Yet, in a final and important point, polls show that despite feelings of disgust, revulsion in some cases, gathering distrust, and even a precipitous fall in Mr. Adams' own popularity, his party continues to turn out voters, and a majority of people believe that there can be no lasting peace without Sinn Fein in the mix. The question this morning is, can Sinn Fein remain viable as long as it is linked to the IRA? So, Mr. Adams, the IRA is indisputably damaging republican ambitions right now. Will Sinn Fein divorce the IRA? And if not, why not?

GERRY ADAMS: With, with respect, I think it's the wrong question. [Laughter] Sinn Fein is viable. We are the third largest party on the island of Ireland. We're the largest pro-agreement party in the north. If the institutions were put back in place today, you would have a Sinn Fein deputy first minister, a Sinn Fein deputy prime minister. So it isn't a matter of, you know, of the relationship, per se, [inaudible] between Sinn Fein and the IRA. The real question is, does Sinn Fein want to bring an end to the IRA? And we do. And then the second question is, will we be successful in achieving that? And in my view, we will. And we're going through a difficult period and we are being beat up on, but I think that you just have to take that. There's no running away from the issues.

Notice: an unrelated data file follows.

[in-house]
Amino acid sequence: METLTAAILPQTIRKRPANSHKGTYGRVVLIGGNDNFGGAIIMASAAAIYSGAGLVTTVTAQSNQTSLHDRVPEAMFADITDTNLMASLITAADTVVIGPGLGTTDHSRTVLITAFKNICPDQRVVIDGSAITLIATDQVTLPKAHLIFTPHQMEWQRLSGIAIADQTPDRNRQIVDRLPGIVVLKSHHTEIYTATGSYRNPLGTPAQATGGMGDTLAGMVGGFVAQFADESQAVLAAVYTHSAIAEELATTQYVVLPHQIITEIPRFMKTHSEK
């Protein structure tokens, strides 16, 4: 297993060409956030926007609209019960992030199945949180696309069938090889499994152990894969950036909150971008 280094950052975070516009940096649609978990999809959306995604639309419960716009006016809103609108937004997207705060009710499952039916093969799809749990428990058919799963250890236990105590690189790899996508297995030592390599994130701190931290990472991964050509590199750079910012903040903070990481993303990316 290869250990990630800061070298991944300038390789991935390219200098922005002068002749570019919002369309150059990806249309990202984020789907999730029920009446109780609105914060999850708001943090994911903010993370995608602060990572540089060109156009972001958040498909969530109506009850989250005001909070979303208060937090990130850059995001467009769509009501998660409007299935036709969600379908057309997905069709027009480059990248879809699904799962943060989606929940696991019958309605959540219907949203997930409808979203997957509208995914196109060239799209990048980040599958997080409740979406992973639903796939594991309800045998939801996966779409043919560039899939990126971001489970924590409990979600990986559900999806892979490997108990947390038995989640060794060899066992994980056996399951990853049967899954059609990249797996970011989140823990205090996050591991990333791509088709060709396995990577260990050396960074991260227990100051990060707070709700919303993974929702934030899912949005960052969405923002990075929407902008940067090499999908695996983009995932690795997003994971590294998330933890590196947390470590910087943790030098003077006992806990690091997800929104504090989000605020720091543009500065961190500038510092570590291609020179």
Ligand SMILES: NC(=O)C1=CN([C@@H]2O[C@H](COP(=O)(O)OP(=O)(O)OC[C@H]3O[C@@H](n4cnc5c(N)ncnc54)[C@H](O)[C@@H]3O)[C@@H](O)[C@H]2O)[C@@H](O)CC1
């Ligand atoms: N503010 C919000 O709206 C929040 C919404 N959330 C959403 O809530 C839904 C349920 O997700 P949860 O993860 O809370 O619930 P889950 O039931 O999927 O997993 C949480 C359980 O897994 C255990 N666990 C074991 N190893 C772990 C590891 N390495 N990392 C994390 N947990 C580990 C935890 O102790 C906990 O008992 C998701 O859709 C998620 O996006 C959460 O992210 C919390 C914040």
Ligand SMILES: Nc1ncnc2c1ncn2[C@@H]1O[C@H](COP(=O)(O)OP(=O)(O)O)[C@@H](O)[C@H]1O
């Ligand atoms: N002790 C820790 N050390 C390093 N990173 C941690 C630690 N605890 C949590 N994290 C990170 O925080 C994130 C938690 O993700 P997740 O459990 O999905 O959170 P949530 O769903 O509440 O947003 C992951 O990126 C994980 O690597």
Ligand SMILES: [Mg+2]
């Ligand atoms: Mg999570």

I also happen—and I hope I'm not arrogant—but I think that I am probably, along with another small number of people, the best people to make the judgments on how we sort out this whole issue of armed groups, which includes the IRA, and how we do it is by looking back over the last 10 or 15 years and looking at what worked. When Irish America put the issue of Ireland on the president-hopeful Bill Clinton's agenda, the situation in Ireland was horrific. The situation was that there were daily atrocities. There was conflict that lasted, as you know, for decades. And by creating a different context, then we were able to persuade the IRA to step into that new context. John Hume played a leadership role, Bill Clinton, [former Irish Prime Minister] Albert Reynolds, myself, others.

So I think this is at a failing point. That's my very, very strong view. The difficulty with doing events like this is that in the eye of the storm you can't send, and you can't outline precisely what you want to do to bring the process into another phase because we are going through a phase. The whole process is in a transition. All society in Ireland is in transition, and that includes republicans. So you know, you may want to ask supplementaries, but I mean, my short take on this is, as I have said, one, Sinn Fein does want to bring about an end to the IRA; two, Sinn Fein, I think with others, will be successful in achieving that; and then, three, for Irish republicans, the alternative to the IRA has to be Sinn Fein. But we have to be the vehicle towards democracy and peace and justice in Ireland, and we are totally committed to democratic and peaceful means to both [inaudible] the peace process and then move beyond the peace process towards Irish unity.